& Society. but it may be profitable to compensate with an amount that is several times the profit margin of the product. the long-term perspective is important." Journal of Marketing Research. Our model shows that complaint management. A possible limitation of our model is that it does not consider the possiblity of customer abuse (e. Hence. p may be very high-even though complaints are not encouraged by the firm. Consumer Input for Marketing Deci-
. and thus the value to the f m . A nec-
essary condition for imposing control (in terms of complaint investigation) is
+ cv. if the firm does not encourage complaints and is not well equipped to cope with them. have invalid claims). Silver Spring. 10 (August). Our illustrations show the effects of complaint management under different conditions. Best..CUSTOMER COMPLAINT MANAGEMENT
tomer and the likelihood that the complainant will be satisfied with the remedy and remain a customer. and Obtaining Redress. To demonstrate the effects of complaint management. In reality. Andreasen (1977). However.000. Consistent with the findings of Fornell and Westbrook (1984). and q are found to be very low and c very high. In this sense. if the investigation costs and the proportion of valid complaints are high. Most consumer affairs managers agree that about 80% of all complaints are generally valid (Customer Service Newsletter 1984). the worth of a customer is much higher than the cost of the product complained about. the long-term market share will depend on both offensive and defensive efforts. Nevertheless. 701-42. is more loyal and thus more valuable than before. However. if P.000) X $50 = $13. the relatively large market share gains as a result of complaint management are not incompatible with the findings of the recent updated empirical study commissioned by the U. once persuaded to stay. the fm would be better off not determining the validity of the complaints as a requirement for giving compensation.e. depends on the parameters of the model. v a fraction of the complaining customers who "cheat" (i. For example. However. In conclusion.. Neil E. though perhaps puzzling at first. 12 (7). our illustrations might overstate the effect. however. it costs the fm $25 to find this out. As a result. (2) generous complaint management is likely to generate positive consumer word-of-mouth cornrnunic~ations. On average. the results of our mathematical model. this problem probably is not serious because the f m can set up controls by requiring each complainant to justify the complaint with documentation and by investigating the claim. p and q would rarely be zero. If the firm decided to pay compensation without investigation. in particular. A myopic tightening of corporate purse strings will almost certainly have a negative effect. REFERENCES Beckwith. and (3) consumer complaints can be useful sources of design ideas and quality control (Goodman and Malech 1985). In fact. investigation is not worthwhile. Investigation cost = 30. Consequently. Some customers complain-that is. 1 1 . generous compensation could generate "false" complaints). few will remain loyal customers. not only is defensive marketing critical under these circumstances. Office of Consumer Affairs (TARP 1986). The assumption is that these estimates would result if defensive complaint management were introduced. Hence.000 X $25 = $7. These parameters must be estimated for each individual case as a basis for specific conclusions.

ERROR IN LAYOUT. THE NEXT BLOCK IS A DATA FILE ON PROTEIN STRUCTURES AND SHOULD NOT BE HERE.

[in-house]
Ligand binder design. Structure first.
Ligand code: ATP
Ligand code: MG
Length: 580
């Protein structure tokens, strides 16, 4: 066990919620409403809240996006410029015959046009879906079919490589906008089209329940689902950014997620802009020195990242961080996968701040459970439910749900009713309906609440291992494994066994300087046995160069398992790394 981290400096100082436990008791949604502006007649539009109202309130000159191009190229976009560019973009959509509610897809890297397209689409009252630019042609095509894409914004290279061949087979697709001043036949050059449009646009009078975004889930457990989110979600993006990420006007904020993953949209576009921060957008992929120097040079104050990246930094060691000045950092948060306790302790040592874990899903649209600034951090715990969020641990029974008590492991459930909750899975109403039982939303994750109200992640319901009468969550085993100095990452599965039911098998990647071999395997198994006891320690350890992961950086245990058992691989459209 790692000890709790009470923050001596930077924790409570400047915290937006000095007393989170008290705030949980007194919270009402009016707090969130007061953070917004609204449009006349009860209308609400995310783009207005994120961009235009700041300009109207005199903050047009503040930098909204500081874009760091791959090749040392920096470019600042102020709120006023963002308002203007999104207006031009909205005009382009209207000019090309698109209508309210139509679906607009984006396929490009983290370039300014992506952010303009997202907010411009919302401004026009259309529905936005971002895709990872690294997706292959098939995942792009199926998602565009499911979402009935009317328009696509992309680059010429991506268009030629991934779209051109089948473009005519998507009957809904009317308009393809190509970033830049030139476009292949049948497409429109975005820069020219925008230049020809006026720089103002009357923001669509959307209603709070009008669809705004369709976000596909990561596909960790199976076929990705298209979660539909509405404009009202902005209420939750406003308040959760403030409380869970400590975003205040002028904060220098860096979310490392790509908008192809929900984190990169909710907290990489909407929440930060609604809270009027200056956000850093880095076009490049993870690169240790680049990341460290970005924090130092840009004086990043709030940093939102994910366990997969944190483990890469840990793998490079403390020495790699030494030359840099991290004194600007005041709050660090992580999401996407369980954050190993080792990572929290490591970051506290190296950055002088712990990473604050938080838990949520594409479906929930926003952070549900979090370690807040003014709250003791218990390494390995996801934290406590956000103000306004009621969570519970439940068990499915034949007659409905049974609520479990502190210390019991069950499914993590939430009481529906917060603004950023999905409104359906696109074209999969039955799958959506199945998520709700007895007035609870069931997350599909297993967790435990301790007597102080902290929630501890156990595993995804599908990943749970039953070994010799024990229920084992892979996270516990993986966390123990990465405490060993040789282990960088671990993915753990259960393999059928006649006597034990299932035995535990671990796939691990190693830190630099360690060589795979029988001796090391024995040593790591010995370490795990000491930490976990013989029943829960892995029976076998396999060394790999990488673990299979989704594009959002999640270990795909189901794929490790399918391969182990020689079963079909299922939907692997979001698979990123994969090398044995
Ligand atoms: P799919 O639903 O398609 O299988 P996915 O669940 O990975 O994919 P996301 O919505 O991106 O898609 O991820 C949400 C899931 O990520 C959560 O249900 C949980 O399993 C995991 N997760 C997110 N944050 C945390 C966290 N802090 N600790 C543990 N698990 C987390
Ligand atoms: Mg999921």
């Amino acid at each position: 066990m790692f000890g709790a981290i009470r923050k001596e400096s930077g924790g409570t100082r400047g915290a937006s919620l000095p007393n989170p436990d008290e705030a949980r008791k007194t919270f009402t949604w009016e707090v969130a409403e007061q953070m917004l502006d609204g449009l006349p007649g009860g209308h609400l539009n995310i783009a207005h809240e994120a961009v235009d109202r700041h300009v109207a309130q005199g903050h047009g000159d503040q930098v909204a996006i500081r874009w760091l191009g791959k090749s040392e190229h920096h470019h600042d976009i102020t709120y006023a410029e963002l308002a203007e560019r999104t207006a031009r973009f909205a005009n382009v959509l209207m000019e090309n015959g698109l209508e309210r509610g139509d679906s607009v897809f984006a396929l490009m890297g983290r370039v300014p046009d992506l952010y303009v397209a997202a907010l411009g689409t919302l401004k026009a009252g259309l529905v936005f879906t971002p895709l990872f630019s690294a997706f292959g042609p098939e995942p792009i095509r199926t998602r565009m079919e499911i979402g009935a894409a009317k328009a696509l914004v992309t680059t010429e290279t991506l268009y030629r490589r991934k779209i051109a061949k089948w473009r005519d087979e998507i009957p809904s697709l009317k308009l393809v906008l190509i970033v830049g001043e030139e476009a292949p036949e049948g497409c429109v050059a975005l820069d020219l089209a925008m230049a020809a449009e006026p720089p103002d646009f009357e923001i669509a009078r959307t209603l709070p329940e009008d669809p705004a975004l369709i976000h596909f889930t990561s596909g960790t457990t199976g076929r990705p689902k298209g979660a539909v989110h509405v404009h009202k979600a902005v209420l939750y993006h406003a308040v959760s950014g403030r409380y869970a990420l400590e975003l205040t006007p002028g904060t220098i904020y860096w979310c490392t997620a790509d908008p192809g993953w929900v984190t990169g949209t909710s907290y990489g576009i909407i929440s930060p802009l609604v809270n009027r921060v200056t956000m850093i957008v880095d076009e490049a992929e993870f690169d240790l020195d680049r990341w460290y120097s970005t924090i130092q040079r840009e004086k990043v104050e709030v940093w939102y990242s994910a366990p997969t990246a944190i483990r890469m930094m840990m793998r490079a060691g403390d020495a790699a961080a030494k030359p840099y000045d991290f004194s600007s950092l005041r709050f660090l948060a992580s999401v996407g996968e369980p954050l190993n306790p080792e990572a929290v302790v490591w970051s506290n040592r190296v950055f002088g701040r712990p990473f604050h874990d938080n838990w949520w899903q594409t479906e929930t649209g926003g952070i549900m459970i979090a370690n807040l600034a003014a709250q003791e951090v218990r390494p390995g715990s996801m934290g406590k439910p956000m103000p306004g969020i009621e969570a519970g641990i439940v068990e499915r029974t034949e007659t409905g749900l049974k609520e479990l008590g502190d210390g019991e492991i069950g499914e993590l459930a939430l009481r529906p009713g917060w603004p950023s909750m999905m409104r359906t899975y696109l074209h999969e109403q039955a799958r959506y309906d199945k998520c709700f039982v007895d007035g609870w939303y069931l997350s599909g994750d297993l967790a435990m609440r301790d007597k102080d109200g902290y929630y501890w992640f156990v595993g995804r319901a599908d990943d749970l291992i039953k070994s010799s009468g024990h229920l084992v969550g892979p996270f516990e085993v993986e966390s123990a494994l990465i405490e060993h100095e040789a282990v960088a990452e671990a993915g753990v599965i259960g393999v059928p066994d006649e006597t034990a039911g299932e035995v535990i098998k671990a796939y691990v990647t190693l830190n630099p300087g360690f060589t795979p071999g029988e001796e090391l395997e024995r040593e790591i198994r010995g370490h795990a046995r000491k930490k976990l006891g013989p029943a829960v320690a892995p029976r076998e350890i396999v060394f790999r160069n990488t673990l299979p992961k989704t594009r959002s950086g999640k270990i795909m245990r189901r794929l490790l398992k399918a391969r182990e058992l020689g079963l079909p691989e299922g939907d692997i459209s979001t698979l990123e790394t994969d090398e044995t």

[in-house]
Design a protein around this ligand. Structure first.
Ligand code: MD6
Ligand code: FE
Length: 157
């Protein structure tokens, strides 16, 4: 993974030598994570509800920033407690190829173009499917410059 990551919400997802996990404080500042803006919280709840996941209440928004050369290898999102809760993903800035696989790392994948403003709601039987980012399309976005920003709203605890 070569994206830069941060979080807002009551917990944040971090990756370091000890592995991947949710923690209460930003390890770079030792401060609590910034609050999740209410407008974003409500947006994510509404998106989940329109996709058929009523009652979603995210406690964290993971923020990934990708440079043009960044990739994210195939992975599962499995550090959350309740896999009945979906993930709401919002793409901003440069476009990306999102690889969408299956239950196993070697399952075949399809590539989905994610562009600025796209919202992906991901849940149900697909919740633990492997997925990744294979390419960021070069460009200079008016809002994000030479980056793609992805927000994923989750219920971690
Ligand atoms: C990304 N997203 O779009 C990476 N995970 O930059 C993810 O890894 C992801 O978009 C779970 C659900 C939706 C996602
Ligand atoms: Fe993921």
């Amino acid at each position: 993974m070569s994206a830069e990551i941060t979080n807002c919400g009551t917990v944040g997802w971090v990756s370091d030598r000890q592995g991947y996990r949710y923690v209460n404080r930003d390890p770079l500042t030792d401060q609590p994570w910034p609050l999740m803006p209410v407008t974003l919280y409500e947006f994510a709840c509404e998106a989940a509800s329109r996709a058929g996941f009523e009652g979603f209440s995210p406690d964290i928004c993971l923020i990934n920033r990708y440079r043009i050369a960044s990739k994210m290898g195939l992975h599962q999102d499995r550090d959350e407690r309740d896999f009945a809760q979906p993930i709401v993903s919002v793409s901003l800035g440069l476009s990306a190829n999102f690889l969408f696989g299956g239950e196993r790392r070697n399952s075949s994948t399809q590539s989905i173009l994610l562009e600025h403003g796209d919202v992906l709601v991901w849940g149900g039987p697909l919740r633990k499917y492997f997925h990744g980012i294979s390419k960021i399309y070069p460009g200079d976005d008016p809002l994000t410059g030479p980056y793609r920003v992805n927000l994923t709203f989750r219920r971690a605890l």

Unless the inequality holds.9(30. Let c be the compensation in dollars. A major issue is the allocation of marketing effort between current customers (defense) and potential customers (offense). MD:
Marketing Publications Incorporated. though a proportion of the dissatisfied buyers may complain. but few of the latter have been studied in great detail. "Concerning the Logical Consistency of Multivariate Market Share Models. p . Claes (1976). In conclusion. (1973). complaint management will not be an attractive feature of the f m ' s defensive strategy. but should not be generalized. and I the average cost of investigating the validity of complaints. For example. it would save $6 million if the proportion of valid complaints remained the same. Such steps would add costs for the customer as well as the firm.g. can be explained in terms of opportunity costs and customer worth. Voicing Complaints.